As for government initiatives to get EV's on the road, if that is what it take then I have no issue with that. Less money for the government to waste on themselves and their friends.

The US government had to bail out the banks, GM and Chrysler, how much is that costing tax payers still? Subsidizing EV's will be less than a drop in the bucket.

The ICE is such a paradigm of efficiency and environmental friendliness, let's just wait until all the oil is used up and a replacement is absolutely perfect before we release something new.
 
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Not to mention that those in the US who get one now are guaranteed to have first dibs on the new one! Without having to pay anything additional.

As far as the $45k MSRP price goes... that's only used to calculate the lease payment. The vehicle is not sold at that price, so even with $45k we cannot contract it to a buyer for that.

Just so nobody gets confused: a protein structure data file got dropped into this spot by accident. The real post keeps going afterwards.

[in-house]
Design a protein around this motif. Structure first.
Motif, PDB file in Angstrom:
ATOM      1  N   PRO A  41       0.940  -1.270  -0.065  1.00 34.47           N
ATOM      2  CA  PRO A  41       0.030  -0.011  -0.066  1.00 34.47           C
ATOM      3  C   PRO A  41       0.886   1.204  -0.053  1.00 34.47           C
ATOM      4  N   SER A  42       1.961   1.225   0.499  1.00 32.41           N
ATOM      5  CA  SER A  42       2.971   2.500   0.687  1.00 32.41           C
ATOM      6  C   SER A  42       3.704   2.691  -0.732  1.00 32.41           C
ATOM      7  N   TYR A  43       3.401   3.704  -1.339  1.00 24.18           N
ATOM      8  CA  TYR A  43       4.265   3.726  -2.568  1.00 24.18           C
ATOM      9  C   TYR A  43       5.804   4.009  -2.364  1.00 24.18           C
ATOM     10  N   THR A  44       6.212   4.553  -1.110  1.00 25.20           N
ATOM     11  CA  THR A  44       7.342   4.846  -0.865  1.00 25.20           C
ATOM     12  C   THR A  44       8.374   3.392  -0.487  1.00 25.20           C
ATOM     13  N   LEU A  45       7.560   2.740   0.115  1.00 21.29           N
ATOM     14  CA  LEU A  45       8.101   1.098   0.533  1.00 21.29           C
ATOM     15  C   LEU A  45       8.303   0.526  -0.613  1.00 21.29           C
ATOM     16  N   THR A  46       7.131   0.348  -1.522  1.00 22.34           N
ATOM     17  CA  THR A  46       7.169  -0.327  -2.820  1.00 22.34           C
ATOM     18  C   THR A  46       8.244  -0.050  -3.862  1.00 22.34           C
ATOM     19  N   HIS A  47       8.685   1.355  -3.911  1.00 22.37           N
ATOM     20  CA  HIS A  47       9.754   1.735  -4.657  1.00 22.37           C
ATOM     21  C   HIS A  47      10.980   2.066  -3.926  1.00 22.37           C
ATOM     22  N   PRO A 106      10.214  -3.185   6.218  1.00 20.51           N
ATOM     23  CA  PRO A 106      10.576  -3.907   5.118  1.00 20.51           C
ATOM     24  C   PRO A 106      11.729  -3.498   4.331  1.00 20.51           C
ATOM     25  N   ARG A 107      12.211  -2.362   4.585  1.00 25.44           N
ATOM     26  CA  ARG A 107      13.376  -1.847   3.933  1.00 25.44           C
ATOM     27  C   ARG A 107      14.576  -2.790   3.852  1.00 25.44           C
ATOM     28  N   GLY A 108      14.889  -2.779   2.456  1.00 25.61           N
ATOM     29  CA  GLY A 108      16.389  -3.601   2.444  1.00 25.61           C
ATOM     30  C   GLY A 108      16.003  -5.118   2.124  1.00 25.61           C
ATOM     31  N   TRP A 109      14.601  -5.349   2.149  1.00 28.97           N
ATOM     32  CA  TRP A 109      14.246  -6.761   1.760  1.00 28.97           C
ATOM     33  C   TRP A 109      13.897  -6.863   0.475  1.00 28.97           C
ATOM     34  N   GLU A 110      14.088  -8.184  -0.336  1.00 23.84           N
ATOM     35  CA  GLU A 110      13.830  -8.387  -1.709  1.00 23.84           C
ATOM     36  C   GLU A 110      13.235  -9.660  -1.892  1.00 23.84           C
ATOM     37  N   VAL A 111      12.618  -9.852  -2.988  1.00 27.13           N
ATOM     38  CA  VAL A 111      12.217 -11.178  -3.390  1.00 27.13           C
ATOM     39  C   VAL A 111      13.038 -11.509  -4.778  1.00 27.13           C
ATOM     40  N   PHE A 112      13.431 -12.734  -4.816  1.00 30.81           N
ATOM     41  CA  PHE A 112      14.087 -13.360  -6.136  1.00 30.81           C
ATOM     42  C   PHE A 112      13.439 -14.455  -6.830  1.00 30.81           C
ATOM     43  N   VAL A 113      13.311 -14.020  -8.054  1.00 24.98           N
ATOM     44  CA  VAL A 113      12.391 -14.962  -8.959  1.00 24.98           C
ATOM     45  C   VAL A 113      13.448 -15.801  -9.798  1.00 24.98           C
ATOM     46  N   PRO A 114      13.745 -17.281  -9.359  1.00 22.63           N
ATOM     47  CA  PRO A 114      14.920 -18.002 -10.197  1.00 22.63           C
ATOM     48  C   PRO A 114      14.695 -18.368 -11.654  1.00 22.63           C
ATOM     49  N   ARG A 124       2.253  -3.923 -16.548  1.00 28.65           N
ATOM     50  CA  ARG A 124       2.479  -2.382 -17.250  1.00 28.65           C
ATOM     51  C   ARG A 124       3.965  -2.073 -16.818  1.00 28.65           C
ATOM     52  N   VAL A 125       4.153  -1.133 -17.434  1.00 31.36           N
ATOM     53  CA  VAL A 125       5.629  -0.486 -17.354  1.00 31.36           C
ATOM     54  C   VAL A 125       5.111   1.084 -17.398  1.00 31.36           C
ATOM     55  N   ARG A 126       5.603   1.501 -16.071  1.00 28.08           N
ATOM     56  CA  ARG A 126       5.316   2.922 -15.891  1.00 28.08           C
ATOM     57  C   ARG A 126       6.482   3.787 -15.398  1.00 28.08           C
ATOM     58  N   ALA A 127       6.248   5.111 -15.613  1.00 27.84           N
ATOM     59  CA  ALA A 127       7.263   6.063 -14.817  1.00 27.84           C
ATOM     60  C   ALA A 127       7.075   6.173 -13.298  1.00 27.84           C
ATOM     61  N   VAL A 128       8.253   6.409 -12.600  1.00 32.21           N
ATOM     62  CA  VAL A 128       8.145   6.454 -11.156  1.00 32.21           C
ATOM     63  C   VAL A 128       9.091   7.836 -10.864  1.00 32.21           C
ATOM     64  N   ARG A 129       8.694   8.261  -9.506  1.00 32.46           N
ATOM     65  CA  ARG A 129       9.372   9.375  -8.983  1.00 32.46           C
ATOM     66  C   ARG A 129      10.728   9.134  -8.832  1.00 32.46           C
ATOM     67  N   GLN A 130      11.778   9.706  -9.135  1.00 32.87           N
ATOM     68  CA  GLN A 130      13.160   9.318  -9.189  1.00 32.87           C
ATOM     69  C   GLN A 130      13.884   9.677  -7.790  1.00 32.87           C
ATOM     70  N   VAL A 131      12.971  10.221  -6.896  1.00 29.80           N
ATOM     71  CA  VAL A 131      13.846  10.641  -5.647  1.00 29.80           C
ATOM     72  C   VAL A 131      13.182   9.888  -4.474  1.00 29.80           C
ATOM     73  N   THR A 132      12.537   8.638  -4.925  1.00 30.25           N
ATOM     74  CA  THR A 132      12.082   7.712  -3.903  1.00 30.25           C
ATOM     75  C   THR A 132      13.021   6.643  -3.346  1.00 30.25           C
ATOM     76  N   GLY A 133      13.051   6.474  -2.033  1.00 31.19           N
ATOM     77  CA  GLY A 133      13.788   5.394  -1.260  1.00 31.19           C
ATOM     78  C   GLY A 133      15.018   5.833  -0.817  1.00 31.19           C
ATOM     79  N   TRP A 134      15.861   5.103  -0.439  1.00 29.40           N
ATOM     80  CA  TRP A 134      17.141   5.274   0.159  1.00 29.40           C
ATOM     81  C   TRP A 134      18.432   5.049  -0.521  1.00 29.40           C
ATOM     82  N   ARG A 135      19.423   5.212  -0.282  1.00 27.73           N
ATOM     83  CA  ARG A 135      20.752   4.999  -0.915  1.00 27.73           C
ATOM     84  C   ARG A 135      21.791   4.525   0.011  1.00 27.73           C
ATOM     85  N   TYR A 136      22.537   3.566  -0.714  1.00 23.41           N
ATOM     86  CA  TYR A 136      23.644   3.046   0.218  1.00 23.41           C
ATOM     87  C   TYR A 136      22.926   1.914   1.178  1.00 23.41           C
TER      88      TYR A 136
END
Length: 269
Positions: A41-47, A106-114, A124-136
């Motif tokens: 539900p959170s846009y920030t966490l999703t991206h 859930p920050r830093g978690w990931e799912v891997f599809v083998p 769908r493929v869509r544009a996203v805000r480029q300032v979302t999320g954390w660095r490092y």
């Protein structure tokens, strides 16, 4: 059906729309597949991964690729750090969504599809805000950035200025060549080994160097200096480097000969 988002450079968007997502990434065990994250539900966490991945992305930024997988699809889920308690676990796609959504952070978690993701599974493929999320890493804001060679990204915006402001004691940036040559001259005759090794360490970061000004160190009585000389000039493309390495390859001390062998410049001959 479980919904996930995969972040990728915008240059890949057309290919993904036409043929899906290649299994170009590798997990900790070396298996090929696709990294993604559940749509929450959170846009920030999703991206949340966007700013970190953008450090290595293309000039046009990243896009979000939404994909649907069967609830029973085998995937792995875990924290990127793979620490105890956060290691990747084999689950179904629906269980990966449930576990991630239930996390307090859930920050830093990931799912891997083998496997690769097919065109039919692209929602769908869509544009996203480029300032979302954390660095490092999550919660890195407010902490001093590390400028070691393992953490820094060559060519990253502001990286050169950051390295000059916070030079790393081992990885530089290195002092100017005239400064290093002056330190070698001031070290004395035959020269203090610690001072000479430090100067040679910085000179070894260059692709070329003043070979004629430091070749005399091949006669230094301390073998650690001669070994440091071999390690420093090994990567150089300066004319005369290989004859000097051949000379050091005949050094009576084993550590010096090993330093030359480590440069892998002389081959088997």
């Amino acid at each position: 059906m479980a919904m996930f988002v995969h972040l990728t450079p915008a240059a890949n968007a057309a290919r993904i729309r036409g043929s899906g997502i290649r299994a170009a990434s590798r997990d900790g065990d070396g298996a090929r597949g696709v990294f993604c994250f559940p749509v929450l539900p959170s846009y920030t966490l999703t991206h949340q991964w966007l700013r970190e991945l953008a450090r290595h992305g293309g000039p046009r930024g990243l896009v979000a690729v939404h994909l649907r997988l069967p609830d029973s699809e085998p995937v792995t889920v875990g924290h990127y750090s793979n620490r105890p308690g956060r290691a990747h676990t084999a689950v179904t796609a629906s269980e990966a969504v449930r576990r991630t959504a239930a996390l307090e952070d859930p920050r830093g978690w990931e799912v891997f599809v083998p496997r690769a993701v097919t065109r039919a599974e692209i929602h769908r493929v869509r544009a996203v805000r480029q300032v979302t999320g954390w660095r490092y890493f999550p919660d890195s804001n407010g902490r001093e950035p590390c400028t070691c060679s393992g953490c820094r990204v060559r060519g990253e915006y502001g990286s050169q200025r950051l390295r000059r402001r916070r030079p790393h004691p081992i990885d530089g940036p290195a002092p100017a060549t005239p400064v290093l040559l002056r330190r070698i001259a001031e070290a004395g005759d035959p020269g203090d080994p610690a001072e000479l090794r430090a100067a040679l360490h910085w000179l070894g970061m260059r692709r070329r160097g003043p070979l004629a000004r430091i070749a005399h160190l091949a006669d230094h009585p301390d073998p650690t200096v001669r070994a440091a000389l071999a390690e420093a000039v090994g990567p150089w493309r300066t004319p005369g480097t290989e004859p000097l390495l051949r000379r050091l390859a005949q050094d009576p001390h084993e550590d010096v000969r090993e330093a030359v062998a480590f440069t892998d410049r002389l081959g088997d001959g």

Remember, the monthly payment of the electric drive is more geared towards the overall cost of production for such a limited production run during a testing phase. The smart ED (2011) was not intended for or marketed to the mainstream everyday car buyer. So when we discuss the lease payment, let's all at least acknowledge that fact.
 

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The A/C uses about 5% of the range if it is used continuously, that does not bother me at all and a good reason to get the cabrio. The extra torque at 0 rpm and the fact the heater does use a significant amount of the reserve, would be the only reasons it would not be my first choice for a winter vehicle. But if I can travel back and forth to work from spring to fall for $2 per day, I am going to jump at that.